Finnegan’s Market in Hudson closes for good after 50 years


A trip to the seasonal business, open only on Saturdays, was a popular tradition for generations of Montrealers looking for crafts and antiques.

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Finnegan’s Market in Hudson is no more.

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The popular market on the 60-acre Aird family farm in the west end of Hudson has been closed for the past two years because of the pandemic. The Aird family announced last week the Main Rd. market will not be reopening this summer for financial reasons.

“We all felt extremely sad, but when something gets to a point where you’re losing money, there’s no point in continuing,” said Barbara Aird, who started the seasonal market with her husband David in the early 1970s.

A trip to Finnegan’s, open only on Saturdays, was a tradition for generations of Hudson residents and Montrealers looking to shop and browse for crafts and antiques in a country fair type setting.

The Airds named the market after their dog, Finnegan, since it was originally a “flea” market.

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Over the years, the market grew to become a place to find antiques, furniture reproductions, collectibles and local handicrafts. Locally grown fruits and vegetables, farm products and baked goods were also sold at stalls on the sprawling Aird farm property.

Barbara Aird said she and her husband started the market on a whim.

“It was kind of a lark,” she said. “We thought it would be kind of fun. The first year, we did it up at Mon Village (Restaurant). Then, we moved it to our own farm, and that’s where it’s been ever since.”

The market was a family business — Barbara’s daughter Mary Aird helped run the market following the death of David Aird in 1991. “Our three daughters (Betsy, Mary and Susan) were very much involved,” Barbara Aird said.

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She said the decision to close was not based on the economic fallout of the pandemic.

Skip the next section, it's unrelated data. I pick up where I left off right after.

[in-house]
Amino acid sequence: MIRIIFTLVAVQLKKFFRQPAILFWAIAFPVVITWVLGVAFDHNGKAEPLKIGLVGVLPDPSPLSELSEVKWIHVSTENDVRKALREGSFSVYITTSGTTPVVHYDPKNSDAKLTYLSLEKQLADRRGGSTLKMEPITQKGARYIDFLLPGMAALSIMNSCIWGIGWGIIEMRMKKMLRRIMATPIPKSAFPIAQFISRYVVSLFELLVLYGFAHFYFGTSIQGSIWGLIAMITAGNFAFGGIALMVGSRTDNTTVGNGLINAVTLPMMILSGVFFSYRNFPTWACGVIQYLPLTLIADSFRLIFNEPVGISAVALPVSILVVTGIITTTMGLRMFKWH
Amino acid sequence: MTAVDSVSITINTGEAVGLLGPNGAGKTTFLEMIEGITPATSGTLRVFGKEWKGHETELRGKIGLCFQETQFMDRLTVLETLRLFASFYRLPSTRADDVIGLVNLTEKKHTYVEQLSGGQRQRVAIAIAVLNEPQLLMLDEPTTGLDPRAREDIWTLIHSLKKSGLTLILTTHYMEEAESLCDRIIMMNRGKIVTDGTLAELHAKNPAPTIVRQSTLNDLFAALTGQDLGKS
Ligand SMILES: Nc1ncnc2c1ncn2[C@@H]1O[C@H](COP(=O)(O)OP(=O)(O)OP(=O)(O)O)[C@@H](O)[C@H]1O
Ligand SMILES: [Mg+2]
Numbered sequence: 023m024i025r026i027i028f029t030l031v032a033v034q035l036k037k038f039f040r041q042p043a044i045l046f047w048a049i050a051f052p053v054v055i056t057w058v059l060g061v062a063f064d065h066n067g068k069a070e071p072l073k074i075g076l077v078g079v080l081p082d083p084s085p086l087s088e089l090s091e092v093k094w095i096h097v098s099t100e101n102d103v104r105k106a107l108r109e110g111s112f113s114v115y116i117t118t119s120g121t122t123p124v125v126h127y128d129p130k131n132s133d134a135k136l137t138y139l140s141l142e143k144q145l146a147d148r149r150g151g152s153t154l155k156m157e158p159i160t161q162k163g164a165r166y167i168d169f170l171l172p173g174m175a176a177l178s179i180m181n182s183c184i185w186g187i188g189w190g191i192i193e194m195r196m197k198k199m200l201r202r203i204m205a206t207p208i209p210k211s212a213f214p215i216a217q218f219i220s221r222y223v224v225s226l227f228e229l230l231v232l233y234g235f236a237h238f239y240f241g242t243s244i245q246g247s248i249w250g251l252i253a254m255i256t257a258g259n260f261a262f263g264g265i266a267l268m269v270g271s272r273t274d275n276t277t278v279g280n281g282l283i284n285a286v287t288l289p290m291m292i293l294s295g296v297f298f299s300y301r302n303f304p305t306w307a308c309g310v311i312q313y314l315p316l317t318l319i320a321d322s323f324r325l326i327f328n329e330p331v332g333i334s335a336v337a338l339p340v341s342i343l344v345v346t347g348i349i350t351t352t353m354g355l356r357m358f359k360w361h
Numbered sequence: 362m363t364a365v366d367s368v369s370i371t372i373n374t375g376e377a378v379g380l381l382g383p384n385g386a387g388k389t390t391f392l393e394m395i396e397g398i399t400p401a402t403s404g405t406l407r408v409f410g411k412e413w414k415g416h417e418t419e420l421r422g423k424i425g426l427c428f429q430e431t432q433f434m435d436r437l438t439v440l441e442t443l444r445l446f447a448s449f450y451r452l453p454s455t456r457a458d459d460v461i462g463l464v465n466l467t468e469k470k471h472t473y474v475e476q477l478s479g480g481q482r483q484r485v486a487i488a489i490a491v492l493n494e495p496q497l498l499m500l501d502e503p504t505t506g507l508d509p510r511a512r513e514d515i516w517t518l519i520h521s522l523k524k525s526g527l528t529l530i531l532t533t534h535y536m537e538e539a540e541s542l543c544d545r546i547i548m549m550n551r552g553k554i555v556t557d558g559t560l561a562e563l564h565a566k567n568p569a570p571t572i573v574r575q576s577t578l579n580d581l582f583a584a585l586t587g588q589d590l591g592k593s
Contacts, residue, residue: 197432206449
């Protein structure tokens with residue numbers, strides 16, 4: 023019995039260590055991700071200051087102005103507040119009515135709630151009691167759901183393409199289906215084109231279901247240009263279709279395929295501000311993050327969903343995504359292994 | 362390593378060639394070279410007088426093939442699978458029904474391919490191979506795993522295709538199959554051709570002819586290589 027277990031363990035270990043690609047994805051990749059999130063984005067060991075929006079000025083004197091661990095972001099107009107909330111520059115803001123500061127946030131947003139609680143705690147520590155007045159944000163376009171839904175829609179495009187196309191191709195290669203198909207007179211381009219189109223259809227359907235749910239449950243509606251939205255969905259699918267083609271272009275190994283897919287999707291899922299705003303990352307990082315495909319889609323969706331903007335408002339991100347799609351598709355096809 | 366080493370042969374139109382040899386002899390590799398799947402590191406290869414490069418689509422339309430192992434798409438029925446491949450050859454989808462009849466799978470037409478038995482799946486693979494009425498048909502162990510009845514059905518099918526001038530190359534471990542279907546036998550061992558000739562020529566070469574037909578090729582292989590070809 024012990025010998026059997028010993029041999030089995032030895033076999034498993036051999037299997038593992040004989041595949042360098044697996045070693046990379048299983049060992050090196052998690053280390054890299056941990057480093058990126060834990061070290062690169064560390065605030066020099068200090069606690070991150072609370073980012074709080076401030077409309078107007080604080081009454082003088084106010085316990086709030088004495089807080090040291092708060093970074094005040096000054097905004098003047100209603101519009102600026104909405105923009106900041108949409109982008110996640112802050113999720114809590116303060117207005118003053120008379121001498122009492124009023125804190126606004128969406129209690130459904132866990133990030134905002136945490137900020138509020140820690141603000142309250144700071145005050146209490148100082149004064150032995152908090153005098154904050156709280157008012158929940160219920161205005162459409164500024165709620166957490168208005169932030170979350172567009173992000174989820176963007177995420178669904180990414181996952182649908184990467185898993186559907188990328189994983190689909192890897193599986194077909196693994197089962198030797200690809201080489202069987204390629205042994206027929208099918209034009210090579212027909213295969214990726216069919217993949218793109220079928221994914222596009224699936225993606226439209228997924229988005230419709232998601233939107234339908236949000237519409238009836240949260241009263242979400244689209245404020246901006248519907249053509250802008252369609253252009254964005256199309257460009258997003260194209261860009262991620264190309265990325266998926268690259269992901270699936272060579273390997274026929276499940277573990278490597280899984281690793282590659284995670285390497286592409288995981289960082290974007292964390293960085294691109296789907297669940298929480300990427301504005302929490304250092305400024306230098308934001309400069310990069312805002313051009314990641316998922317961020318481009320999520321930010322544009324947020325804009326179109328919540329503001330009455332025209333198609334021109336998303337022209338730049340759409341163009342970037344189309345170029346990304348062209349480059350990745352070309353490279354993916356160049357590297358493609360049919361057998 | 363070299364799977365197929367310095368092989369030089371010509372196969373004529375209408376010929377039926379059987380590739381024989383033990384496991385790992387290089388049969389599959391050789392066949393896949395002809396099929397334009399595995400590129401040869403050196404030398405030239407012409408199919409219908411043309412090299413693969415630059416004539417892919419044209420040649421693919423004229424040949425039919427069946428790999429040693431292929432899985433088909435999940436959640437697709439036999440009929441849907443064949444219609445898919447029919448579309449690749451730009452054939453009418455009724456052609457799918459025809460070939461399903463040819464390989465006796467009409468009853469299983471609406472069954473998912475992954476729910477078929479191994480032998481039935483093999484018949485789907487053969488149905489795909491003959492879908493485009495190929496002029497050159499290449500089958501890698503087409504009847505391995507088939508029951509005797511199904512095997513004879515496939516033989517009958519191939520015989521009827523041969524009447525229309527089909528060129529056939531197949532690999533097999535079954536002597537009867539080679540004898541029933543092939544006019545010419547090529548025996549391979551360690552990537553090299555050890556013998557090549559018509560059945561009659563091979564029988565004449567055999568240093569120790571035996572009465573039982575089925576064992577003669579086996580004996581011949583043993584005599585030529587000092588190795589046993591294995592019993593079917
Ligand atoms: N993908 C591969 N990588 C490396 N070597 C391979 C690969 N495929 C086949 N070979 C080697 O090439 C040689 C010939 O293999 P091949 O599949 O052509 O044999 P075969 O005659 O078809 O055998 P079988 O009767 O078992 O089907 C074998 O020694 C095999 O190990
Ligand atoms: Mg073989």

“The pandemic didn’t really have anything to do with it. It was just the last straw. We’ve been closed for two summers, but the restrictions have become greater. It’s just not worth it anymore.

“It’s the expenses. It has become ridiculous. The government put in some new regulations that decreased our profits. It’s just not profitable.”

One of the new regulations cited by Aird was to fence in the market area. “We don’t make that much money,” she said. “We couldn’t afford to do that.”

Aird said she’ll continue operating her own antiques business (by appointment) on the farm.

“I’ll still have my antiques business, but I don’t suppose I’ll be seeing as many people at the market,” she said wistfully.

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Aird said she’ll miss the Saturday crowds that flocked to the market and the shop dealers who set up their stalls on the property.

“It was certainly fun. There was really nice stuff here and the dealers were great folks. We were all friends. But great things come at end.”

As for the family farm, Aird said there are no plans to sell it. David Aird’s grandfather bought the farm in the 1920s.

“We haven’t farmed it in a long time,” Aird said. “But we would never sell the farm.”

jmeagher@postmedia.com

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